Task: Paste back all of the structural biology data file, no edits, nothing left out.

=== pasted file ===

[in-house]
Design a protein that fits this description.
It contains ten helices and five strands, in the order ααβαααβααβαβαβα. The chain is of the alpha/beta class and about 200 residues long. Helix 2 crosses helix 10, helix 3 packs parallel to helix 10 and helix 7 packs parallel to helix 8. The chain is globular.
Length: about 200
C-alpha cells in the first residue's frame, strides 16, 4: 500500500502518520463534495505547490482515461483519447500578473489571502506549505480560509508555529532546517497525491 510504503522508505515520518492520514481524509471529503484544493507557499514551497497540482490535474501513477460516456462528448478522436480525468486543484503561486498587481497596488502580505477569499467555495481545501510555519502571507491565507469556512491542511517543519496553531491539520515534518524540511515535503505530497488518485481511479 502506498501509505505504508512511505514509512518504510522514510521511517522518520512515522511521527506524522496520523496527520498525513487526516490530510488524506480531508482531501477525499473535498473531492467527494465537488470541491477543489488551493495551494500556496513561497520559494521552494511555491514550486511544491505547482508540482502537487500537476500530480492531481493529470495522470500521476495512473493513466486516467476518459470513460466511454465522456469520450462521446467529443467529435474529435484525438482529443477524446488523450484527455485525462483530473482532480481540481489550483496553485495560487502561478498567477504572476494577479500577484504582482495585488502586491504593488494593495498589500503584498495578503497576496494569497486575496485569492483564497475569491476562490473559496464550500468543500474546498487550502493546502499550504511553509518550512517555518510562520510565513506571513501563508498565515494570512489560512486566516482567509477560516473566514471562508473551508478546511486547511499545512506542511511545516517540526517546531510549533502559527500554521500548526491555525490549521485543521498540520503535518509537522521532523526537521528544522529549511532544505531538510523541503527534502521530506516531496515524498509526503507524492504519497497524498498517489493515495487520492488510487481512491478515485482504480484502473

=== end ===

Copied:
[in-house]
Design a protein that fits this description.
It contains ten helices and five strands, in the order ααβαααβααβαβαβα. The chain is of the alpha/beta class and about 200 residues long. Helix 2 crosses helix 10, helix 3 packs parallel to helix 10 and helix 7 packs parallel to helix 8. The chain is globular.
Length: about 200
C-alpha cells in the first residue's frame, strides 16, 4: 500500500502518520463534495505547490482515461483519447500578473489571502506549505480560509508555529532546517497525491 510504503522508505515520518492520514481524509471529503484544493507557499514551497497540482490535474501513477460516456462528448478522436480525468486543484503561486498587481497596488502580505477569499467555495481545501510555519502571507491565507469556512491542511517543519496553531491539520515534518524540511515535503505530497488518485481511479 502506498501509505505504508512511505514509512518504510522514510521511517522518520512515522511521527506524522496520523496527520498525513487526516490530510488524506480531508482531501477525499473535498473531492467527494465537488470541491477543489488551493495551494500556496513561497520559494521552494511555491514550486511544491505547482508540482502537487500537476500530480492531481493529470495522470500521476495512473493513466486516467476518459470513460466511454465522456469520450462521446467529443467529435474529435484525438482529443477524446488523450484527455485525462483530473482532480481540481489550483496553485495560487502561478498567477504572476494577479500577484504582482495585488502586491504593488494593495498589500503584498495578503497576496494569497486575496485569492483564497475569491476562490473559496464550500468543500474546498487550502493546502499550504511553509518550512517555518510562520510565513506571513501563508498565515494570512489560512486566516482567509477560516473566514471562508473551508478546511486547511499545512506542511511545516517540526517546531510549533502559527500554521500548526491555525490549521485543521498540520503535518509537522521532523526537521528544522529549511532544505531538510523541503527534502521530506516531496515524498509526503507524492504519497497524498498517489493515495487520492488510487481512491478515485482504480484502473